There’s nothing to whet the appetite for a book launch like boxes of of the long-awaited book. But although you might not notice from this photo, these two consignments aren’t quite the same. How come?
Our proof copies of Blink (this is its stable name by the way, books are like race-horses in that respect) had ‘gloss’ finish covers, possibly by default. Very nice they were too, but fiction is traditionally matte finish (if you hadn’t notice check those bookshelves now) and although In the Blink of an Eye veers towards faction, we didn’t want it slipping into the non-fiction camp.
Then there was the calotype thing. The cover image (original here) is result of the process of the 1840’s which used only plain paper. It would be almost another ten years until steps were taken to find a smooth surface for photographic printing (beginning with albumen printing, then the use of glass plates and eventually photographic film). I did think a glossy finish would be anachronistic.
And so our order went in for 150 copies, ‘matte lamination’. Alas and alack, when they arrived, all 150 were in the old gloss. We were not amused! On the other hand, time to order replacements was running short. And although not exactly as we had specified, the books were/are reasonably for for purpose. As the alternative was to destroy them (Nooo, I cried!) we decided to keep them but ordered another batch for the future. Needless to say these turned up much more quickly and so now those of you coming to this month’s events will have a choice, at least if I can organise it! I have written M and G in big letters on each box. It will be a very useful piece of research is what I am thinking to put both versions out and see which gets picked up the most.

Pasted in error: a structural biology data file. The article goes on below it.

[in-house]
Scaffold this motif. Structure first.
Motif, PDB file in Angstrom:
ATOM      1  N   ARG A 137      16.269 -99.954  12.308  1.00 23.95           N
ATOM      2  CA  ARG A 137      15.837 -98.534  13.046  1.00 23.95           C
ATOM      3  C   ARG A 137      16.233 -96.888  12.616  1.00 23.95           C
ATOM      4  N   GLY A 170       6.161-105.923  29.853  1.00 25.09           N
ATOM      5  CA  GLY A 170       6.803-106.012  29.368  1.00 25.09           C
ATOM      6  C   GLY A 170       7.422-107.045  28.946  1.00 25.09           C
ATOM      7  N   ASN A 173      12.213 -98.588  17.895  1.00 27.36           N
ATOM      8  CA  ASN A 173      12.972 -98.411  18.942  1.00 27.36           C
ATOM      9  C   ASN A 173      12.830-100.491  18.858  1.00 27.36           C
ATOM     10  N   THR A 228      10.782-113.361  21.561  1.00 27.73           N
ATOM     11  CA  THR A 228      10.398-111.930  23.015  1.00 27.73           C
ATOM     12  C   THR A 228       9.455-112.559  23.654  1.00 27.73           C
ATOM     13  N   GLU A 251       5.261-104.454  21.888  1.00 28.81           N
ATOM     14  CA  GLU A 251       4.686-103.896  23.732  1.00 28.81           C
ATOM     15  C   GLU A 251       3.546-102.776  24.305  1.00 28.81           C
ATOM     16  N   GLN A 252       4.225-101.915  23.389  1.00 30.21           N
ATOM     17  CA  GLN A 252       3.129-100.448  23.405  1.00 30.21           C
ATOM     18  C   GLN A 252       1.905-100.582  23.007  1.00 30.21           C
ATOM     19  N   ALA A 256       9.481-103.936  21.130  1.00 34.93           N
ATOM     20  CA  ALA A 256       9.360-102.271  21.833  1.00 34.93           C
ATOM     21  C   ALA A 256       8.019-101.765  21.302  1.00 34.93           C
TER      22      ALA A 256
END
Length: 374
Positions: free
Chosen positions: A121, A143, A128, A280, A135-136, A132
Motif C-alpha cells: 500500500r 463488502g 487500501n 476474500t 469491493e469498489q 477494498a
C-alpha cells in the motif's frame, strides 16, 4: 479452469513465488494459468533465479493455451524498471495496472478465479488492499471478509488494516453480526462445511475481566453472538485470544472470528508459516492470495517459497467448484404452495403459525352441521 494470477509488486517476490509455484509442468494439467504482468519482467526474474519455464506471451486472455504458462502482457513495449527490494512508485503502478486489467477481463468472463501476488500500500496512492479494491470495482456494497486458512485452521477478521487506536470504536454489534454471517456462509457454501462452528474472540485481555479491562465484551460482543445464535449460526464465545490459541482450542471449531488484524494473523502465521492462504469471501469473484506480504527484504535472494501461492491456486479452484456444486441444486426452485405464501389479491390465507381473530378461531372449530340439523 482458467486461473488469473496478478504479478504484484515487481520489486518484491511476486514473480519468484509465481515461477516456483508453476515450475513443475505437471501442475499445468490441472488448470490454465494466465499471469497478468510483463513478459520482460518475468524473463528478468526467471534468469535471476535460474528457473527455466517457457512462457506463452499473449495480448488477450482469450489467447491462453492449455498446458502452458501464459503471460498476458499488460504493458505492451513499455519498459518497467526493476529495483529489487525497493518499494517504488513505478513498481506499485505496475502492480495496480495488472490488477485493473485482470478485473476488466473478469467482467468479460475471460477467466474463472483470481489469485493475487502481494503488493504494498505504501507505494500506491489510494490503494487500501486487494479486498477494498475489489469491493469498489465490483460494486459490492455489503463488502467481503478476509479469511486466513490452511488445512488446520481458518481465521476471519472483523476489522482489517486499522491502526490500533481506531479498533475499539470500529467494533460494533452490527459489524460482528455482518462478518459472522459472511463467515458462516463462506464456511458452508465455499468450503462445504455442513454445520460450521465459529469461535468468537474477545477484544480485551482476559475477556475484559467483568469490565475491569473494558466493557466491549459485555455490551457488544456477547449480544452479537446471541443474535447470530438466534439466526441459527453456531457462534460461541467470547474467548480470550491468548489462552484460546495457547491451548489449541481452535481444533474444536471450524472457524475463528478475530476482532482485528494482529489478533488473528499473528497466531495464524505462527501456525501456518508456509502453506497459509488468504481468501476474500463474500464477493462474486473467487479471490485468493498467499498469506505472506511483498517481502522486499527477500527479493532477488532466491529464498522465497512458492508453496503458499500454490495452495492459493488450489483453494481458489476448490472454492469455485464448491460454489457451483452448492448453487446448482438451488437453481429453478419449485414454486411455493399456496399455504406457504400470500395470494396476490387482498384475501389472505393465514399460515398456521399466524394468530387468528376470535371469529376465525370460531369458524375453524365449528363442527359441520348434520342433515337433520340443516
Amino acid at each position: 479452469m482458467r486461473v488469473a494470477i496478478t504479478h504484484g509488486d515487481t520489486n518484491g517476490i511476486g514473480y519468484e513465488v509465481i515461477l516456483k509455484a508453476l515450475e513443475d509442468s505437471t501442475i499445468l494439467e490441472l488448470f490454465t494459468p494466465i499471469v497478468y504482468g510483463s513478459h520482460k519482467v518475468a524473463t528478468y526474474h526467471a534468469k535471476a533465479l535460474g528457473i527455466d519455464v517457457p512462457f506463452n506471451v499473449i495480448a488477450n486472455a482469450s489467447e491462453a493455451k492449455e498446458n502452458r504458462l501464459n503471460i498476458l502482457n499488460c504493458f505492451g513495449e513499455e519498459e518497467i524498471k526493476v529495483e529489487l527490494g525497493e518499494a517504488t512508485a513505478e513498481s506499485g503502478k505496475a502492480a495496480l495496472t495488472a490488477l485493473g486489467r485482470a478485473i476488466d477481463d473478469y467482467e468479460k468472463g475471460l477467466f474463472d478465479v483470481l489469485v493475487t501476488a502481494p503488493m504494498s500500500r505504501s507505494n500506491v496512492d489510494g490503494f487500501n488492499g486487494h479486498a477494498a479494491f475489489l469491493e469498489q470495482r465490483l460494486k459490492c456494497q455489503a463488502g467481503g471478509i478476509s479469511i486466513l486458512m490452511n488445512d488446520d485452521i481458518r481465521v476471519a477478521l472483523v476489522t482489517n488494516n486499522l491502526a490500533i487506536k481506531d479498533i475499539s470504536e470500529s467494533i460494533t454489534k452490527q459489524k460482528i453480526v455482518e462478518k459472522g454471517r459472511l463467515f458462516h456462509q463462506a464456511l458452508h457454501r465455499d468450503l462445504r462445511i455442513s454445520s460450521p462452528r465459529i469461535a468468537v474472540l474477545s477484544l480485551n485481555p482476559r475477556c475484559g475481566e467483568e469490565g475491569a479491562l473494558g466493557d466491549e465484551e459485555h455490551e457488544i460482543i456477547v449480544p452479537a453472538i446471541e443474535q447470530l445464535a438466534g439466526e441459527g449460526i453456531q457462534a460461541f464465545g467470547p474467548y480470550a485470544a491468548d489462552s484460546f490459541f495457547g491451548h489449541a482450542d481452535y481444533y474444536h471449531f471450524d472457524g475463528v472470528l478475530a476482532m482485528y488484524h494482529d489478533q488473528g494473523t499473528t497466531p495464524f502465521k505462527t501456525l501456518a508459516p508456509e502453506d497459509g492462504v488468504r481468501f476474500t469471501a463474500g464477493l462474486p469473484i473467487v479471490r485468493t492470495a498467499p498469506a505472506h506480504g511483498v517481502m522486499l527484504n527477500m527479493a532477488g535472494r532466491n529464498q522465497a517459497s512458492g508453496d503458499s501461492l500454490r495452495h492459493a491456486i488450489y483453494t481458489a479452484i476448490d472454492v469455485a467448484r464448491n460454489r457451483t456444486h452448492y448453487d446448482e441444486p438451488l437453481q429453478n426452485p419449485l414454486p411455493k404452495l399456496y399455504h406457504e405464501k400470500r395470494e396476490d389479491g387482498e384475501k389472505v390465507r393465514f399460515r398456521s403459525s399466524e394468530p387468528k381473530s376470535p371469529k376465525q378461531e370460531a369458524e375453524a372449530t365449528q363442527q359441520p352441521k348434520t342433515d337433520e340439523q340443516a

Which do I prefer? I can’t decide! The matte batch look more as I originally expected and would expect to see on a bookshop table. But there is a slight difference in the colours and I quite like the rosier shades of the gloss. Over to you I think!
Meanwhile here’s a sneak preview of what’s inside those pesky wrappers.
After advice from beta readers, I added a ‘cast list’ (yes, these are mostly real people). A good idea according to reviewer Anne Goodwin who even added a cast member of her own!
Many chapters began as distinct short stories. when I put them together they fell quite neatly into these sections: Exposure, Developing, Fixing, Fading, New Processes, The Calotype Reconsidered and Ways Ahead. Although the book is about people rather than the pictures they created, I was pleased with to be able to reflect the processes they used in the structure of the book and was given special mention by the reviewer for the Contemporary Small Press project.
By the way, I’m going to be having a small celebration on Facebook when this post goes up. Join me there!